Practice Areas

Landlord and Tenant

We are a City of London Law Firm based in Middle Temple. Whether you are a landlord or a tenant, or even an estate agent, we have the legal acumen and advocacy skill with which to advise and represent you in any Landlord and Tenant dispute.


In many cases, receiving rent from the property will be the landlord’s primary concern.  The level of rent will usually be determined by agreement of the parties, although in a limited number of cases it is possible for the landlord and/or the tenant to apply to the Rent Service to have a fair or market rent assessed in respect of the property.  We will of course be happy to advise on any issues relating to Rent Service assessments.

It should also be noted that section 47 of the Landlord and Tenant Act 1987 provides that rent cannot be charged unless the tenant has been given written notice of the landlord’s name and address.

A variety of options are open to the landlord to recover unpaid rent, including suing for the debt, insolvency proceedings, distress (although usually only for business tenancies) and eviction.  These are all fully discussed on this page.

Landlords’ obligations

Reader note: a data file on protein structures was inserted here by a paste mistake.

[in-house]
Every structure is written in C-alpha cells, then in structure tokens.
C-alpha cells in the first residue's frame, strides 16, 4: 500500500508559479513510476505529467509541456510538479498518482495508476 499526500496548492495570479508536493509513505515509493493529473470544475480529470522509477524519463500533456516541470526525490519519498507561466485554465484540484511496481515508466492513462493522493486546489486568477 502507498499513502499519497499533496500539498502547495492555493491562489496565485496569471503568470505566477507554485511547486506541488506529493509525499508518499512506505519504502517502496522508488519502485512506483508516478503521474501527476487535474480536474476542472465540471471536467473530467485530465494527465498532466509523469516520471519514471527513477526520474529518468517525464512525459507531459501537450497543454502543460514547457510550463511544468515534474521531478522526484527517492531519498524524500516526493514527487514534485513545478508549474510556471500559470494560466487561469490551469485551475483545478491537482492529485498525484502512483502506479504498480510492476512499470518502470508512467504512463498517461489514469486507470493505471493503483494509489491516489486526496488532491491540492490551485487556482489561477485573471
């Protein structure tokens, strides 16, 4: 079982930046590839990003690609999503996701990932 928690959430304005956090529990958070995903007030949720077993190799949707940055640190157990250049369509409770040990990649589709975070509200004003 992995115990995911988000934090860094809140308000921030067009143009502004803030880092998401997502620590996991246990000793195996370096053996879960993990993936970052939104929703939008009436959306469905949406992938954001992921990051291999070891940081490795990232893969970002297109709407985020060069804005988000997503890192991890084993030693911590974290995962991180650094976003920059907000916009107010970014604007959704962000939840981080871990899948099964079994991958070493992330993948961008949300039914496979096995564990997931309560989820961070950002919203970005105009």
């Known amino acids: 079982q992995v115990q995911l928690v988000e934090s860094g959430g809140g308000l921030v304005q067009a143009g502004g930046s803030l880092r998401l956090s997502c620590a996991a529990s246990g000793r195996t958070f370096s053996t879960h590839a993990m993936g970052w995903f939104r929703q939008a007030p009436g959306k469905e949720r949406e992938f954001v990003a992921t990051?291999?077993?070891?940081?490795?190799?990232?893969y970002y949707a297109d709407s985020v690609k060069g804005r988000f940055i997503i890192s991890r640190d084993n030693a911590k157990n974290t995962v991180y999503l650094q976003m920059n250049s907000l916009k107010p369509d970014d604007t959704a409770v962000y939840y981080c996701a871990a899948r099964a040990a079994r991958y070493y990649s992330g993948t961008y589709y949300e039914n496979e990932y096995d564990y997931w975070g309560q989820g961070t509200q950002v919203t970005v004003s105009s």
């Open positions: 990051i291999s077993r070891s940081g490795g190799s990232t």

Landlords have various legal obligations, which are often set out in the relevant statute.  In particular, these include obligations to keep the property in repair, to ensure that gas appliances and furniture are safe, to allow the tenant quiet enjoyment and to place the deposit in an authorised scheme within 30 days.  It is important for landlords and tenants alike to understand the scope of the landlords’ obligations, and these are discussed in more detail on this page.


Evicting somebody from their home is a very serious matter, and the law therefore has strict requirements which must be complied with.  If you attempt to evict a tenant without following the proper legal procedure, you are likely to be committing an offence under the Protection from Eviction Act 1977 and could be fined or imprisoned.  The procedure to be followed depends on the type of tenancy as well as the circumstances of the case.  In many cases, the simplest procedure is to serve a section 21 notice.  In other cases, a section 8 notice is required.  For protected tenancies, a different procedure is required and in some cases it may be necessary to give notice to quit.  The applicable requirements are discussed in more detailed on this page and our expert lawyers are on hand to give advice as to the best course in your particular circumstances.

Business tenancies

The law governing business tenancies is significantly different from that applying to residential tenancies.  See our business tenancy page for more details.


This article is for general information only and shall not be deemed to be or constitute legal advice.  We cannot accept responsibility for any loss or damage suffered as a result of acts or omissions based on this article.

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If you have a landlord and tenant problem and need urgent help, advice or representation we are able to assist. Just call or email us now for a free initial consultation; our landlord and tenant team are waiting to help.

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